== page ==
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Thursday, April 27, 2006

Making your films more interesting by using some simple techniques

Bismillah ar-Rahmaan ar-Raheem,

Space is with well-planned cutaways. A cutaway is a shot that quickly takes you away from the subject, allowing them to jump ahead in time and space. For example, it might take you two minutes to walk from your car to the mailbox and into the house.

You can shoot that same sequence in twenty seconds (or even much less) by getting a shot of your subject by following this sequence:

1. Shoot a shot of your subject opening the car door.
2. Cut away to her feet hitting the pavement.
3. Cut to a long shot of her closing the car door.
4. Cutaway to her dog barking and dancing in front of her (from her point of view).
5. Cut to a medium shot of her nearing the mailbox.
6. Cutaway to a close shot of her hand reaching inside and grabbing the mail (maybe even from inside the mailbox).
7. Cut to a medium shot as she walks and holds the mail up to the sun to peak at what’s inside.
8. Cut to a shot of her dog going through the doggy door.
9. Finally, cut to her opening the door and walking in.

Nine shots that condense time and space and tell a story in half the time it would take to shoot one long shot. Moreover, the piece is much more interesting for the viewer. You don’t even need to use all nine shots if you don’t want to, depending on how important the scene is to your movie. The secret to making this work is to maintain screen direction by always shooting on the same side of your subject (shoot from just their right or left side). You can also use neutral shots without direction, like the extreme close-ups of the mail or shots of the subject walking directly towards the camera.

We did something similar to this and demonstarted the difference between the "home movie" style vs. the cutaway style. Click HERE to read the post and watch the two video clips

Condensing Time and Space: In-Camera Dissolves
By using the following camera techniques, you can actually condense time and space. In other words, turn something that usually takes hours, days or weeks into a series of believable shots that take seconds. While condensing time and space techniques usually use an editing system’s dissolves and wipes, you can create very nice substitutes right in your camera.

To create a dissolve-type transition, tightly focus on your subject and slowly defocus. Then, pause the camera and change subjects. Now, hit record and slowly bring your new subject into focus. If you are careful to defocus your subjects so that nothing is readily recognizable, the resulting effect will seamlessly fit together. The closer the color, shape and lighting, the more seamless the transition will appear.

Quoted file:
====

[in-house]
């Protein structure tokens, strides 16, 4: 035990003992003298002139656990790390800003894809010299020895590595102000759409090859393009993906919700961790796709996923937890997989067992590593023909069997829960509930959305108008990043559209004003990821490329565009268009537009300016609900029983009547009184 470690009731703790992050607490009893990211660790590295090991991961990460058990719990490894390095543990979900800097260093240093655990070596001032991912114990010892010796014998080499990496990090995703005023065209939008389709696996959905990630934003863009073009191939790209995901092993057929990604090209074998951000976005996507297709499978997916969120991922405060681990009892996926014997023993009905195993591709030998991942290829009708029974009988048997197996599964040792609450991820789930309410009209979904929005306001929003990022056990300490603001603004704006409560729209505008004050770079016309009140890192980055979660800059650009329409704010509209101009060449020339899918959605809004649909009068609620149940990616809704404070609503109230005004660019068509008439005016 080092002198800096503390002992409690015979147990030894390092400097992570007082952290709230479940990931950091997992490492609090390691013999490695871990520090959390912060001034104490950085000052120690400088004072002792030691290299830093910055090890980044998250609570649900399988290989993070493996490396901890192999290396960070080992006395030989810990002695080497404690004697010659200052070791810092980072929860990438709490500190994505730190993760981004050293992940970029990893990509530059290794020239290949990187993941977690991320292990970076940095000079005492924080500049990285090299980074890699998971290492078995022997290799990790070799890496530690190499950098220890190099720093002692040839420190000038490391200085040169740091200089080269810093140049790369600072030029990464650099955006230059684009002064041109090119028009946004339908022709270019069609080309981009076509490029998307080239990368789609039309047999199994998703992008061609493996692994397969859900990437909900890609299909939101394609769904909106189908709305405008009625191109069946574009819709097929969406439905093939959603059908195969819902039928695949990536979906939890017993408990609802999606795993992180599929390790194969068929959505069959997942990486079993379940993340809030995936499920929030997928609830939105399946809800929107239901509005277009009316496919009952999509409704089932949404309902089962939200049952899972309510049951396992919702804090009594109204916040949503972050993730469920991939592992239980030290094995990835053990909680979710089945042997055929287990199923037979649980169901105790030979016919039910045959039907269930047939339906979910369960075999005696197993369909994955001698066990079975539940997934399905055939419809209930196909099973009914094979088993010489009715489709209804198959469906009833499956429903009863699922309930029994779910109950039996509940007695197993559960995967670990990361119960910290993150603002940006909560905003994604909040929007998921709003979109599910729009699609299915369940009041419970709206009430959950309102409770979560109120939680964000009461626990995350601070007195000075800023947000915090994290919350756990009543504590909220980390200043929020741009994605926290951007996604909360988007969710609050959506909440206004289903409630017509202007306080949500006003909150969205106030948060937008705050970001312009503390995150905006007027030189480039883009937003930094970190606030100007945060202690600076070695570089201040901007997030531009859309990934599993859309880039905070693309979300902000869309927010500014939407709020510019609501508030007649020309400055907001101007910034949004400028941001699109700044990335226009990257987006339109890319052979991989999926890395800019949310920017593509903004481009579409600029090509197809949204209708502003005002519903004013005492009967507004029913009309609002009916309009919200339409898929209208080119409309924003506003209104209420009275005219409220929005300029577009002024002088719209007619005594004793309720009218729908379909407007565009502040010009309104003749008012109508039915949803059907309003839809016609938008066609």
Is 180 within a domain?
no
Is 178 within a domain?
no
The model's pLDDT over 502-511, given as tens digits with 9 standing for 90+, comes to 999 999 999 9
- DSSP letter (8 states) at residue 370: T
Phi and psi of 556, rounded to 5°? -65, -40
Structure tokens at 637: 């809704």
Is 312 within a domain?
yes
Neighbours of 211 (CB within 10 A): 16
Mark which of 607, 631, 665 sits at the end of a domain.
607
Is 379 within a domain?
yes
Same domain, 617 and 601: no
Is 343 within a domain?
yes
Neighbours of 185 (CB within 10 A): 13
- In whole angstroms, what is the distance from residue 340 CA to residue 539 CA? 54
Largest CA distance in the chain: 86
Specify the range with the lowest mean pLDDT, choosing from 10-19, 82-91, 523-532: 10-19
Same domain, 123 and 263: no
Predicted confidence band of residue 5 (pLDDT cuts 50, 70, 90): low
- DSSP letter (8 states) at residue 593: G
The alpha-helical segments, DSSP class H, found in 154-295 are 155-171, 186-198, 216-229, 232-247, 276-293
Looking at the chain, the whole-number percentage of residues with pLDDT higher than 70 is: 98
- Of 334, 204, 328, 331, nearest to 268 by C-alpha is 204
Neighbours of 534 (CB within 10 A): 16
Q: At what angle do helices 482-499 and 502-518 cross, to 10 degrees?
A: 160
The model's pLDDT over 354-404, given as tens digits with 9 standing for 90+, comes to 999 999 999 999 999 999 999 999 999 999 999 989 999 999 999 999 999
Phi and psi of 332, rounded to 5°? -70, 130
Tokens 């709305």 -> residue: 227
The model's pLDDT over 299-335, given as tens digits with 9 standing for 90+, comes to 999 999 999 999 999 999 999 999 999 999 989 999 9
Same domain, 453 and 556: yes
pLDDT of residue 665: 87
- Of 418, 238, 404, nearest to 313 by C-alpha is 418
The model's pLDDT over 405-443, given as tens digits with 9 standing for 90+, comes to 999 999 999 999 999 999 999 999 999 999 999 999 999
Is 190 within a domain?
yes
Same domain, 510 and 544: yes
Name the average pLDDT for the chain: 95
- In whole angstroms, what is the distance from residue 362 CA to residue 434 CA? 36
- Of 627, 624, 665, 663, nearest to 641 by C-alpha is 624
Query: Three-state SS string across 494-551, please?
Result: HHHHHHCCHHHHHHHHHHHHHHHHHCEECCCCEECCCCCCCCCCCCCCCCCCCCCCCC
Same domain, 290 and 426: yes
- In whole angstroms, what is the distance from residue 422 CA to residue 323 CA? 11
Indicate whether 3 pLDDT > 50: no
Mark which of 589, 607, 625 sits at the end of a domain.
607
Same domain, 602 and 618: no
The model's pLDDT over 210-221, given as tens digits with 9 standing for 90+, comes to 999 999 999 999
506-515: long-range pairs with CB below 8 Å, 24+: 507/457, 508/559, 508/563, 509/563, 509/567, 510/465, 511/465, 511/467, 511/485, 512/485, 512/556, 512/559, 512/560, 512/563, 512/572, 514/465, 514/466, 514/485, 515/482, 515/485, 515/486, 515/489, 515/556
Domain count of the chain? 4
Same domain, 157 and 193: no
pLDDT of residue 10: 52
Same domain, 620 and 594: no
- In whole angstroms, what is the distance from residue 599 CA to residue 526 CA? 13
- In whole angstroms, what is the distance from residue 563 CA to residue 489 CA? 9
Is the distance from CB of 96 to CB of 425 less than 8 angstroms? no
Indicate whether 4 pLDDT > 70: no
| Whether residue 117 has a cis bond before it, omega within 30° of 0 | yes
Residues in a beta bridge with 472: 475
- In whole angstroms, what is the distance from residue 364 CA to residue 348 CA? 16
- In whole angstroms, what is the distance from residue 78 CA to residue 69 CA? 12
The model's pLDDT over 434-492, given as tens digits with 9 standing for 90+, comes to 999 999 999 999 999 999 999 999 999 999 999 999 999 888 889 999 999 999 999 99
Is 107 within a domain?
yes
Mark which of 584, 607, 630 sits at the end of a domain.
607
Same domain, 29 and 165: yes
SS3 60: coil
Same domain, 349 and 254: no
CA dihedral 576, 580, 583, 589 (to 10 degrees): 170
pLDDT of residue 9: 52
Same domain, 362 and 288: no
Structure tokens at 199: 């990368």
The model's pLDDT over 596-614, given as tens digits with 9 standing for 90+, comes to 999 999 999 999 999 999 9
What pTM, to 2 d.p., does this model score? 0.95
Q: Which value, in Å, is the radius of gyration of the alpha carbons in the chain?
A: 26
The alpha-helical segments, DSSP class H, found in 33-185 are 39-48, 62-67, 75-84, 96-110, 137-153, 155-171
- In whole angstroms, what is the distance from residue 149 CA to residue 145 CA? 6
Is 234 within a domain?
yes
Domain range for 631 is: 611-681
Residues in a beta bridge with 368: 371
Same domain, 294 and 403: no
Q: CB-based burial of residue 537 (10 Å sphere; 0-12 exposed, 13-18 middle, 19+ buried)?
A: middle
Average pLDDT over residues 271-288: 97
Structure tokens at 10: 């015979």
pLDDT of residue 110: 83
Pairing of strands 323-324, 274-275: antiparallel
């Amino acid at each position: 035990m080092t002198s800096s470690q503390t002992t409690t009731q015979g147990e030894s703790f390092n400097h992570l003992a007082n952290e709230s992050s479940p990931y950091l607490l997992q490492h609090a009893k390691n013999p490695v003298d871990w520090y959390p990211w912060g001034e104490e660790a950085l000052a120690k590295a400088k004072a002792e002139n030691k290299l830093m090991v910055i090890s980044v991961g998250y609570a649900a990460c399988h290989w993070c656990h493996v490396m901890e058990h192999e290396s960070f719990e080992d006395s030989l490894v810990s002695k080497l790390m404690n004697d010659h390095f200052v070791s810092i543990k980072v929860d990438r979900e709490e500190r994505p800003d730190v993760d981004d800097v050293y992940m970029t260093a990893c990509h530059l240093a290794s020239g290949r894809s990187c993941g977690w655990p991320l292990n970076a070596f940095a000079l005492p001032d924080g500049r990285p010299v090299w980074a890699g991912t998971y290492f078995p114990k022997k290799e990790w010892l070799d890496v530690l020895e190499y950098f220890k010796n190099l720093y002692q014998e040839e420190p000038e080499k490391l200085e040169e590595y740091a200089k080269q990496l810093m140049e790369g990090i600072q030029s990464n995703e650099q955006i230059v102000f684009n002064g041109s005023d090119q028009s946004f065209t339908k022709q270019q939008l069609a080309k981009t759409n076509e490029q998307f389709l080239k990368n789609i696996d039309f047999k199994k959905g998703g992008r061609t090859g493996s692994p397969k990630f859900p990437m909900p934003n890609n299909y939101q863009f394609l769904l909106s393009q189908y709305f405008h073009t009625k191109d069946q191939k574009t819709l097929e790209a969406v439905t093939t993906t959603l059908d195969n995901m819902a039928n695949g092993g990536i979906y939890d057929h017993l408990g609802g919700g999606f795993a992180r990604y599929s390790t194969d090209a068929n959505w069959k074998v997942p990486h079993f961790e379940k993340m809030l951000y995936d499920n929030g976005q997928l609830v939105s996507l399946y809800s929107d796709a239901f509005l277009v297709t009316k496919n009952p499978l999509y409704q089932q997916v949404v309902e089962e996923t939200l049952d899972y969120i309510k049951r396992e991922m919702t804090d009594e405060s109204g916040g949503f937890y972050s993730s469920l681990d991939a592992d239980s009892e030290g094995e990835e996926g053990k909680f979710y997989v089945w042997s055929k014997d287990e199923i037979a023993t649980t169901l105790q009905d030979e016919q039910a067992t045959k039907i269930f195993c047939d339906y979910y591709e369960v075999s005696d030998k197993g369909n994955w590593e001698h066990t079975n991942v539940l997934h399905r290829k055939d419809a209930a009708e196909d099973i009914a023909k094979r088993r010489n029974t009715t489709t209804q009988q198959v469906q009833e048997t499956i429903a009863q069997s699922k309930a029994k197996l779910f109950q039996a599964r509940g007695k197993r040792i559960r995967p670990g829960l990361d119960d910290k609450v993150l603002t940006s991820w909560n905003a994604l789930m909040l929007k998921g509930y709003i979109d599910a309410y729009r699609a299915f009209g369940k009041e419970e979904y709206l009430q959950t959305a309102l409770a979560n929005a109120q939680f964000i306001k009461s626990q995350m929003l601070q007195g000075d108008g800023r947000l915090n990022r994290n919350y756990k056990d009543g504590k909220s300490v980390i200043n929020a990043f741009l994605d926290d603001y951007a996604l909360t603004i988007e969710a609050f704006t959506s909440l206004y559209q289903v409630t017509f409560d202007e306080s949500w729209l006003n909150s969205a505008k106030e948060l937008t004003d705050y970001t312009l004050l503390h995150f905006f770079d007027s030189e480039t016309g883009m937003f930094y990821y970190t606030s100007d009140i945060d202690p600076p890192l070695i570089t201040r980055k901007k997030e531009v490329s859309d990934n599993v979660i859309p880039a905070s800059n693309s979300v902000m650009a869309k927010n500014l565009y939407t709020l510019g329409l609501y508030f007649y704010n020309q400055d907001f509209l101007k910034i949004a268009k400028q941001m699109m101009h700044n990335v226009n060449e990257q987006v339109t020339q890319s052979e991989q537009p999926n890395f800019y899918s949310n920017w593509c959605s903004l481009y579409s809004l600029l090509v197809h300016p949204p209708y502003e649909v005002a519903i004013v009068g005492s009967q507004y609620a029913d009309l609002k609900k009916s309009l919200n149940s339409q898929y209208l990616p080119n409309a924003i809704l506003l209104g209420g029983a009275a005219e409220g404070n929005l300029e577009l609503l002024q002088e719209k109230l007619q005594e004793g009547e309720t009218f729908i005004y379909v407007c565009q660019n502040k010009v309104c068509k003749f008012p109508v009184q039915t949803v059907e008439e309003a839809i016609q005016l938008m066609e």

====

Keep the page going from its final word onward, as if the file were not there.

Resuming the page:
A variation of that same shot begins with a zoom in to the subject and defocusing the camera before you get to your desired close up. Then, pause your camera, set your next shot up, tightly zoomed in on your subject and defocused. Finally, hit the record button and slowly zoom out while refocusing the shot. This shot works extremely well if it is focused on the same object to create the sense of a passage of time.

Natural Wipes
Wipes are another way to condense time and space. One interesting natural wipe uses a pan-to-still shot. To do this unique wipe, pan your camera with the subject until he passes behind a large object such as a wall, post or other object. Stop your pan when the subject disappears behind the object (i.e. the object is between the camera and the subject) and pause your camera. Set up your next shot, hit record and pan with your subject as he reappears from behind the obstruction wearing new clothes or looking like he’s aged ten years.

You can also create a wipe using a large moving object as well. You can create a wipe-in by panning with your subject until they are totally obscured by a large object, such as a truck or bus moving in the opposite direction. When the subject is fully covered, pause tape, go to a later shot in the scene and the wipe effectively allows you to jump ahead in time and space. A wipe-out is exactly the opposite. For this shot, you begin with your subject hidden by the large moving object and then suddenly revealed. By combining these shots and using the same or similar objects, you can have your subject change location during the cut. The cut appears seamless if you carefully time the pause point and then record when the large object is in the same position and moving the same direction and speed.

Match Cuts
Match cuts are another way to convincingly condense time and space. To do this, you need two objects that are very similar such as two plates of food. In the first scene, you show the PERSON sitting in front of the television, its audio blaring into the night, competing with the sounds of a dog barking and someone having an argument nearby. On HIS lap is a paper plate with a half-eaten sandwich and a pickle. Cut to a shot of just the plate. Record for three seconds and then pause the tape. Set up your next scene: It’s a lavish dinner party. Cut to a shot of a shiny plate with a steak in place of the sandwich and asparagus spikes in place of the pickle. Shoot it for three seconds and then pause. Then record a long shot of the person enjoying his meal in the of the dinner party.

You can also create this series of shots using a pan and zoom in, pause, change scenes, record, zoom and pan out. The director of the animated movie Shrek used this technique effectively throughout the film.
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